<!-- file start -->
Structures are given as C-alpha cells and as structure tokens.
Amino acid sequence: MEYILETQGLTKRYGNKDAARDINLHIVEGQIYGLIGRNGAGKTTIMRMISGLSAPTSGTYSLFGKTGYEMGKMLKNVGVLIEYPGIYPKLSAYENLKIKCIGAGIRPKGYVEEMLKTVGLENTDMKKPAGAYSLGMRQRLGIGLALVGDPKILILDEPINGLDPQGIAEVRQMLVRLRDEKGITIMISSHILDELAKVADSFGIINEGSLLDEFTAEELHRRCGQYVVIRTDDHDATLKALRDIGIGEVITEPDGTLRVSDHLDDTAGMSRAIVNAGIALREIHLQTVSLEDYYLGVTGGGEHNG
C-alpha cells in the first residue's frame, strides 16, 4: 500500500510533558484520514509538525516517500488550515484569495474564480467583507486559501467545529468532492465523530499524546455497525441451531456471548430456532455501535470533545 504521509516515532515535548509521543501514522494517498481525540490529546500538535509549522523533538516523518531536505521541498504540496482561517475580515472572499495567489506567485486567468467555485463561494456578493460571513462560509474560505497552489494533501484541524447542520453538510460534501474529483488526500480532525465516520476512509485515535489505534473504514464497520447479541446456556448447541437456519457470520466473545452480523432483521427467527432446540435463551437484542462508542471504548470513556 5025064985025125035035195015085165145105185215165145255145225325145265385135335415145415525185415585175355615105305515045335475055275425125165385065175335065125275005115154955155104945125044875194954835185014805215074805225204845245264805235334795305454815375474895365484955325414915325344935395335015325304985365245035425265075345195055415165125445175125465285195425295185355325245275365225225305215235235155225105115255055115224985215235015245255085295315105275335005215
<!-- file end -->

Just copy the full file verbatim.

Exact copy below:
Structures are given as C-alpha cells and as structure tokens.
Amino acid sequence: MEYILETQGLTKRYGNKDAARDINLHIVEGQIYGLIGRNGAGKTTIMRMISGLSAPTSGTYSLFGKTGYEMGKMLKNVGVLIEYPGIYPKLSAYENLKIKCIGAGIRPKGYVEEMLKTVGLENTDMKKPAGAYSLGMRQRLGIGLALVGDPKILILDEPINGLDPQGIAEVRQMLVRLRDEKGITIMISSHILDELAKVADSFGIINEGSLLDEFTAEELHRRCGQYVVIRTDDHDATLKALRDIGIGEVITEPDGTLRVSDHLDDTAGMSRAIVNAGIALREIHLQTVSLEDYYLGVTGGGEHNG
C-alpha cells in the first residue's frame, strides 16, 4: 500500500510533558484520514509538525516517500488550515484569495474564480467583507486559501467545529468532492465523530499524546455497525441451531456471548430456532455501535470533545 504521509516515532515535548509521543501514522494517498481525540490529546500538535509549522523533538516523518531536505521541498504540496482561517475580515472572499495567489506567485486567468467555485463561494456578493460571513462560509474560505497552489494533501484541524447542520453538510460534501474529483488526500480532525465516520476512509485515535489505534473504514464497520447479541446456556448447541437456519457470520466473545452480523432483521427467527432446540435463551437484542462508542471504548470513556 5025064985025125035035195015085165145105185215165145255145225325145265385135335415145415525185415585175355615105305515045335475055275425125165385065175335065125275005115154955155104945125044875194954835185014805215074805225204845245264805235334795305454815375474895365484955325414915325344935395335015325304985365245035425265075345195055415165125445175125465285195425295185355325245275365225225305215235235155225105115255055115224985215235015245255085295315105275335005215